Healing Landscapes – The website of the Therapeutic Landscapes Network: The resource for gardens and landscapes that promote health and well-being

Healing Gardens: Therapeutic Benefits and Design Recommendations (edited volume) 1999
Clare Cooper Marcus, Marni Barnes (Editors) Wiley Publishing
…Historical information, literature reviews, and studies on use are included for each type of outdoor space covered, offering important insights into what works in healing gardens-and what doesn’t.
Generously supplemented with photographs, site plans, anecdotes, and more, Healing Gardens is an invaluable practical guide for landscape architects and others involved in creating and maintaining medical facilities, and an extremely useful reference for those responsible for patient care. Read more

(report, free download) 1995
by Clare Cooper Marcus and Marni Barnes

…When we started to visit hospitals, we were surprised to find few that had outdoor spaces, and where we found some that did, the staff at the information desk frequently had no knowledge of the garden or its location. Read more

Centre for Sustainable Healthcare‘s comprehensive repository of evidence of therapeutic benefits of gardens and trees
Gardening Leave (UK) uses horticultural therapy to support our troubled veterans on their journey to good health and their transition to civilian life. We offer professionally conducted, individualised, goal-oriented treatment sessions to maximise a veteran’s physical, psychological and social strength, and enhance general health and wellbeing.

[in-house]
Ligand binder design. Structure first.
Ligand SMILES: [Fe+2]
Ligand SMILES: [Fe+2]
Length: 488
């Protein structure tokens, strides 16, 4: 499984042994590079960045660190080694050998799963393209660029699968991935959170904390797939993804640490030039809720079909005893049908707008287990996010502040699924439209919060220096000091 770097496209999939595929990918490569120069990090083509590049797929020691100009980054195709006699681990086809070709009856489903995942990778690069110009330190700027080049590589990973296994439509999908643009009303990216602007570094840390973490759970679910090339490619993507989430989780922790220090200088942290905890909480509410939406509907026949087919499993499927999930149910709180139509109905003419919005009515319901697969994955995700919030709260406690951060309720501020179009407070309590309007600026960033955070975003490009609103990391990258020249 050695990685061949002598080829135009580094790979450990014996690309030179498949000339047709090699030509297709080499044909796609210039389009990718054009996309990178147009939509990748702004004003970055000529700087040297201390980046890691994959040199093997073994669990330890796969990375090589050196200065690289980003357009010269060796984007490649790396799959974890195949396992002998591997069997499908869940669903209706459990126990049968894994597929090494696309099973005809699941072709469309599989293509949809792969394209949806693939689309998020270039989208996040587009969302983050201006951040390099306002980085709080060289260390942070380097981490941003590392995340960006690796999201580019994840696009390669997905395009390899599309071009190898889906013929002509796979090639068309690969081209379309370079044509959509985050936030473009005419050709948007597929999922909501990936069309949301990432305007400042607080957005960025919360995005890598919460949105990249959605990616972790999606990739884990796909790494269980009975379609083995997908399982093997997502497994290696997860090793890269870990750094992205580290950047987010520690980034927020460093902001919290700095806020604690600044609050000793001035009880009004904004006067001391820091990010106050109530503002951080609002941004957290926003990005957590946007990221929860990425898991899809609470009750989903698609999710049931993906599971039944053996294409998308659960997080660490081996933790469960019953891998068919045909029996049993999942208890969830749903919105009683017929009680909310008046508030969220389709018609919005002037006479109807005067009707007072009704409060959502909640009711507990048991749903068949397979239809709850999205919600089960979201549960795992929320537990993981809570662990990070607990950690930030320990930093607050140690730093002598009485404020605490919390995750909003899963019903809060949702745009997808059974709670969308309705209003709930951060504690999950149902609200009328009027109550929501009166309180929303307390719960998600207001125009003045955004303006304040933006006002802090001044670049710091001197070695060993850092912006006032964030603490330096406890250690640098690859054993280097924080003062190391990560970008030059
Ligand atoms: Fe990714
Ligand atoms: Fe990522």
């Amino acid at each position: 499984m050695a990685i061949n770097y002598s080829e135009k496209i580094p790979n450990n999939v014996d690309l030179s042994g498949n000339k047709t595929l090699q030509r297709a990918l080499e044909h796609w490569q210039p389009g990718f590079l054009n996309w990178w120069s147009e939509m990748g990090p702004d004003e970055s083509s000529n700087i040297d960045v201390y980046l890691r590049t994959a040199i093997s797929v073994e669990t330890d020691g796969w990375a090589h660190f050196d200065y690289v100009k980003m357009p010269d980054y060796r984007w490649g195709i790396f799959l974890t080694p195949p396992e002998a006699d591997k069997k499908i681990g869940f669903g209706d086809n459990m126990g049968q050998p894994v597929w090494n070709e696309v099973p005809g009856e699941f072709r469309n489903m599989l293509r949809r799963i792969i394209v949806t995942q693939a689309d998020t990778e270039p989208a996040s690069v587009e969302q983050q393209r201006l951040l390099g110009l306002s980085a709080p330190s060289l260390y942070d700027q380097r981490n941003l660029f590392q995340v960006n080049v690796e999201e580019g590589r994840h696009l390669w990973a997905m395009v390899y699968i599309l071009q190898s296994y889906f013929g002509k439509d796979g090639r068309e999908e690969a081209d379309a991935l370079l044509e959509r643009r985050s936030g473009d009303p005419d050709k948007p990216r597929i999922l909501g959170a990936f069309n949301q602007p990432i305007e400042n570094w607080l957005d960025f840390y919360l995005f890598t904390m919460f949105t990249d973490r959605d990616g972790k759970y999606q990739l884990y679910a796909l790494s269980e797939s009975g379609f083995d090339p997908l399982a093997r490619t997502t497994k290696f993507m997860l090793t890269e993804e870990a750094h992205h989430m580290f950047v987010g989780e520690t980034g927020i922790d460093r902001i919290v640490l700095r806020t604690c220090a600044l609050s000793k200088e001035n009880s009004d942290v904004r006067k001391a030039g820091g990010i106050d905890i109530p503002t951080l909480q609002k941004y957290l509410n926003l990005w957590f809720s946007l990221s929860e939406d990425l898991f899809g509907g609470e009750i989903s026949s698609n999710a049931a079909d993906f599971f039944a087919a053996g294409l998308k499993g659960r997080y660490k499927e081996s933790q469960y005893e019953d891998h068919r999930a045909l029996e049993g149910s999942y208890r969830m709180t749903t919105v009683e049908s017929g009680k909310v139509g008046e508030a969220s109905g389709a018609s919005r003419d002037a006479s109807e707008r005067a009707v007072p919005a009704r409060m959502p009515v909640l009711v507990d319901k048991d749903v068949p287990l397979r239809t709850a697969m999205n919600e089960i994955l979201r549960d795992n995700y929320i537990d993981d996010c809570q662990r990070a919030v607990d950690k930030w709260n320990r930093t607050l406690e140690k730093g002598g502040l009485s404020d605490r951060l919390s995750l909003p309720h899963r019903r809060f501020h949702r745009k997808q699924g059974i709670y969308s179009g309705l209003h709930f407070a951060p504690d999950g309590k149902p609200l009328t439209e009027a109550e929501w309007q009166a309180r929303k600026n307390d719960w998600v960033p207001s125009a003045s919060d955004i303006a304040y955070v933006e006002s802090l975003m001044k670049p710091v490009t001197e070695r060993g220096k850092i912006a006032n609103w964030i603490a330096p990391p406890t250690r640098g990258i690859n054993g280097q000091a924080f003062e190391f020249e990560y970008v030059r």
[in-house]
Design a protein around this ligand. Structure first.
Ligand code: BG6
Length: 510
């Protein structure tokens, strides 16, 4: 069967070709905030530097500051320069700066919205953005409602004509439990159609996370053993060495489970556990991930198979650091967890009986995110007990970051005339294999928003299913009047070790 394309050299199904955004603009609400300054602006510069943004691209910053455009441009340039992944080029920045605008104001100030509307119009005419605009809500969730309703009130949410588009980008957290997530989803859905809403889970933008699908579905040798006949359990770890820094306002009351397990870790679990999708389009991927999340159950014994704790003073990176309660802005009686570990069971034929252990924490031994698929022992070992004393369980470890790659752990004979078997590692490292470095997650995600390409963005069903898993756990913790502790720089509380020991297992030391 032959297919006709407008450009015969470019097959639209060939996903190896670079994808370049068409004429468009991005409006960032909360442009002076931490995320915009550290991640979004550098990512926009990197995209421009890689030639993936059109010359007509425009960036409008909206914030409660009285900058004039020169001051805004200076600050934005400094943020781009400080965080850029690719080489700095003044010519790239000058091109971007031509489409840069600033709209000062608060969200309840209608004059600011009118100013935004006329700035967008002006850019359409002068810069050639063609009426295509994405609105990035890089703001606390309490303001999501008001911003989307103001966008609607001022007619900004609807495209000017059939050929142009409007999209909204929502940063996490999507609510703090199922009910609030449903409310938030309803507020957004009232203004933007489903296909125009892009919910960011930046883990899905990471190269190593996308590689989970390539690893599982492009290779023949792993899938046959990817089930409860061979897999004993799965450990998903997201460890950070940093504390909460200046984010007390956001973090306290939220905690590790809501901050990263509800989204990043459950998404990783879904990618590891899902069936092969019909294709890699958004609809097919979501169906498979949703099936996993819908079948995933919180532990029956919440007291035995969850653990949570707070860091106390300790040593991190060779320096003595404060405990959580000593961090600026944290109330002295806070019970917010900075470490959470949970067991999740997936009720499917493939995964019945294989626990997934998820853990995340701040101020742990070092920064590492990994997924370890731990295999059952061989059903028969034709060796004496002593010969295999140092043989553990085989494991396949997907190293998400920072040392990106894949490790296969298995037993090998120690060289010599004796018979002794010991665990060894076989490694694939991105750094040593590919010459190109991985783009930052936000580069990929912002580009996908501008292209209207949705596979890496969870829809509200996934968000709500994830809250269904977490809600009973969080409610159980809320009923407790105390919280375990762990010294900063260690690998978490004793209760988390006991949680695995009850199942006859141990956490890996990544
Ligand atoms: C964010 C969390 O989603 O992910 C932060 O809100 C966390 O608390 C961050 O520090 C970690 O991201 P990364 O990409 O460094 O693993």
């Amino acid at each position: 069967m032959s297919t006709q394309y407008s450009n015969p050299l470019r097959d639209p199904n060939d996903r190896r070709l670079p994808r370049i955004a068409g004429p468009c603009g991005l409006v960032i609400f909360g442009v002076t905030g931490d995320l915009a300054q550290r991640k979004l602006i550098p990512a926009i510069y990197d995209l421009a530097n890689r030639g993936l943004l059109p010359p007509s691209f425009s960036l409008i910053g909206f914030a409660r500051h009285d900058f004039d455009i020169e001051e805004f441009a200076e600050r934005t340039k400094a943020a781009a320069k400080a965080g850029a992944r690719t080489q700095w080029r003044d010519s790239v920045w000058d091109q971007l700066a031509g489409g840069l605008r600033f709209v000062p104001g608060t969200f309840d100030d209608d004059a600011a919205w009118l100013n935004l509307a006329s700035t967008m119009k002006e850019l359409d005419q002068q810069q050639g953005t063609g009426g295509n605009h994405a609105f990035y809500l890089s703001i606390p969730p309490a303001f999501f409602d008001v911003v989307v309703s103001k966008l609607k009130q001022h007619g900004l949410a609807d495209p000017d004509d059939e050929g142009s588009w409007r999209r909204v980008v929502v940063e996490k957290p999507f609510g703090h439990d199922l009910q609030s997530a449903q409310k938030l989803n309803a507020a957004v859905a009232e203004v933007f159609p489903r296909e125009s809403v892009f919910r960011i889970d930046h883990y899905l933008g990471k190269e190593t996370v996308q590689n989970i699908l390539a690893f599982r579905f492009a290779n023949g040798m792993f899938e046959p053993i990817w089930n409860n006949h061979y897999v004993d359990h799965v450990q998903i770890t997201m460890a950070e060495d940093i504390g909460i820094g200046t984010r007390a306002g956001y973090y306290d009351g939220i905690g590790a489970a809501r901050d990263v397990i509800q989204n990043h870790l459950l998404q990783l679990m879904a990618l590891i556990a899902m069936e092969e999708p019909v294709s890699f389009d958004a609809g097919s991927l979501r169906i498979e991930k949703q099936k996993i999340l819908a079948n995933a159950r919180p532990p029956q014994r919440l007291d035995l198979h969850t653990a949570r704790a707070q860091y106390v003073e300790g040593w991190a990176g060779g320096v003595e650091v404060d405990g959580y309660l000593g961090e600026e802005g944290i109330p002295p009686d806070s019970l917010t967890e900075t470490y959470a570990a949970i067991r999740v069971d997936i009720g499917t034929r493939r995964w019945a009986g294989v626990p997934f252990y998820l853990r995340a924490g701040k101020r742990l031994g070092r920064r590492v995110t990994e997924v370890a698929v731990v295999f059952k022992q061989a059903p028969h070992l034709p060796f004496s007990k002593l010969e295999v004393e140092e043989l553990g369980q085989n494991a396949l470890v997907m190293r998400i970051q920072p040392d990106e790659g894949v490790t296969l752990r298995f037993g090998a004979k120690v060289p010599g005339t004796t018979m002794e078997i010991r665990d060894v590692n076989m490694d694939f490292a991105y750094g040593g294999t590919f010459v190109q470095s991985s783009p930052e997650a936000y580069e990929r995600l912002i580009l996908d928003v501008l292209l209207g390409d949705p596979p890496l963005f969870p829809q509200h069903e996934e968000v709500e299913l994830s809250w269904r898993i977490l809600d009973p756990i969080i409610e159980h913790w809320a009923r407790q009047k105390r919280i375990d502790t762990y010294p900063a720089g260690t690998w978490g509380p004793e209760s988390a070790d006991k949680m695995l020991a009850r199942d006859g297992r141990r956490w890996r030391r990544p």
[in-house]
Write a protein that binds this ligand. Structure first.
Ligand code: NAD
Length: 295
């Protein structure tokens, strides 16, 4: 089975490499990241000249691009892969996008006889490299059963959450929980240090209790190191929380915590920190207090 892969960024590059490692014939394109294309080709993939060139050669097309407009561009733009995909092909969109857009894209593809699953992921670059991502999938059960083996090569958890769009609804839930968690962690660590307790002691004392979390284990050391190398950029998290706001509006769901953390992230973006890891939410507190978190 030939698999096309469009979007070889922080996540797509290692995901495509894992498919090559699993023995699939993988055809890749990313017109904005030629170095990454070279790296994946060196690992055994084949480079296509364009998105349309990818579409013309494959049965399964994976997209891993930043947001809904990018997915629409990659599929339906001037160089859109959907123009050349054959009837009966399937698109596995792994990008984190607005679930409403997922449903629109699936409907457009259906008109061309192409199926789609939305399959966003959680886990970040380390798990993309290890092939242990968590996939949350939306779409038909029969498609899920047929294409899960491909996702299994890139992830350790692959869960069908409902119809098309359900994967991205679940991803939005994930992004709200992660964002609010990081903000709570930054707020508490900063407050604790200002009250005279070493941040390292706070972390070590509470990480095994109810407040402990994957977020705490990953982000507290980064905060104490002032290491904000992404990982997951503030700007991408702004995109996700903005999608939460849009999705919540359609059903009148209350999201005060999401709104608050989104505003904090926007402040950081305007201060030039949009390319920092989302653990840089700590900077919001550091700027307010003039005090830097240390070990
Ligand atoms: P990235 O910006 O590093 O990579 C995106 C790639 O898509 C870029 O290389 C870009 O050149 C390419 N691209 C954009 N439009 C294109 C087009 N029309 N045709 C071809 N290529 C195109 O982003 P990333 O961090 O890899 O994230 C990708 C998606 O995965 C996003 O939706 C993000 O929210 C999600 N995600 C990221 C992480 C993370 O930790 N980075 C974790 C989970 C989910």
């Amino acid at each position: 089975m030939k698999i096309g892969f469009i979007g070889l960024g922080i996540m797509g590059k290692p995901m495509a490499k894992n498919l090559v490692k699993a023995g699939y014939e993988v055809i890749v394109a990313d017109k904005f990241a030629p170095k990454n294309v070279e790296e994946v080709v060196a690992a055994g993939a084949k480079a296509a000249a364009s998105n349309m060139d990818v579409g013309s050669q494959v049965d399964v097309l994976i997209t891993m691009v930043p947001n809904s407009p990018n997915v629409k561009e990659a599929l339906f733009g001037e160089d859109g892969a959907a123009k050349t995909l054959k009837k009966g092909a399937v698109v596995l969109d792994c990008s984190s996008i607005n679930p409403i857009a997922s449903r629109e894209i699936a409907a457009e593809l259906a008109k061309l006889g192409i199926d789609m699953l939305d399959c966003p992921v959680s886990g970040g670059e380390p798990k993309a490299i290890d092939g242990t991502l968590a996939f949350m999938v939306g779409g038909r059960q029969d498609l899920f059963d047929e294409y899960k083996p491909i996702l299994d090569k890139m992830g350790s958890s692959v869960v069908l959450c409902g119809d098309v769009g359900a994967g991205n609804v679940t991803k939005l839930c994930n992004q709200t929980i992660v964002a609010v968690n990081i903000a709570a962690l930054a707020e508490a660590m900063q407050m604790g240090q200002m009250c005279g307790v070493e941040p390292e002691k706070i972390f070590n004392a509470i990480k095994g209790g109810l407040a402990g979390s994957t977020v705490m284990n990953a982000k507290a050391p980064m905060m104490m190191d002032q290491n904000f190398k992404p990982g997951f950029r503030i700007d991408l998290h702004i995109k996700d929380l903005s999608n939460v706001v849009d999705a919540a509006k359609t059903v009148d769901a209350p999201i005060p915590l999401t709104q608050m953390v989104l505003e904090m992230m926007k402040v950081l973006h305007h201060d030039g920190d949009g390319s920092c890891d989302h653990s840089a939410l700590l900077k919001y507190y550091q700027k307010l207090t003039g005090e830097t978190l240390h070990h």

The CMHA Grey Bruce Experience: Community Gardening as Part of the Therapeutic Process and to Provide Employment

LettuceGrow blog on mental health and gardening


Resources on the benefits of gardens / on-site food production

From ChangeLab Solutions comes Dig, Eat, and Be Healthy: A Guide to Growing Food on Public Property (pdf)

Growing food on public property – from vacant fields, to schoolyards, parks, utility rights-of-way,  and even the rooftops of public buildings – can yield a diverse crop of community benefits. Fresh, healthy food is just the beginning: growing food on public property can also promote civic participation, public safety, food literacy, job skills, and urban greening – in short, healthier, more vibrant places. This guide provides users with the tools they need to access public land for growing food. Read more


Farm to Cafeteria’s selection of reports and other publications at

Twiss, J., Dickinson, J., Duma, S., Kleinman, T., Paulsen, H., & Rilveria, L. (2003). Community gardens: Lessons learned from California healthy cities and communities. American Journal of Public Health, 93(9), 1435-1438.



George DR, Rovniak LS, Kraschnewski JL, Morrison KJ, Dillon JF, Bates BY. (2010). Medical Center Farmers Markets: A Strategic Partner in the Patient-Centered Medical Home. Prev Chronic Dis, 10:130105. DOI: or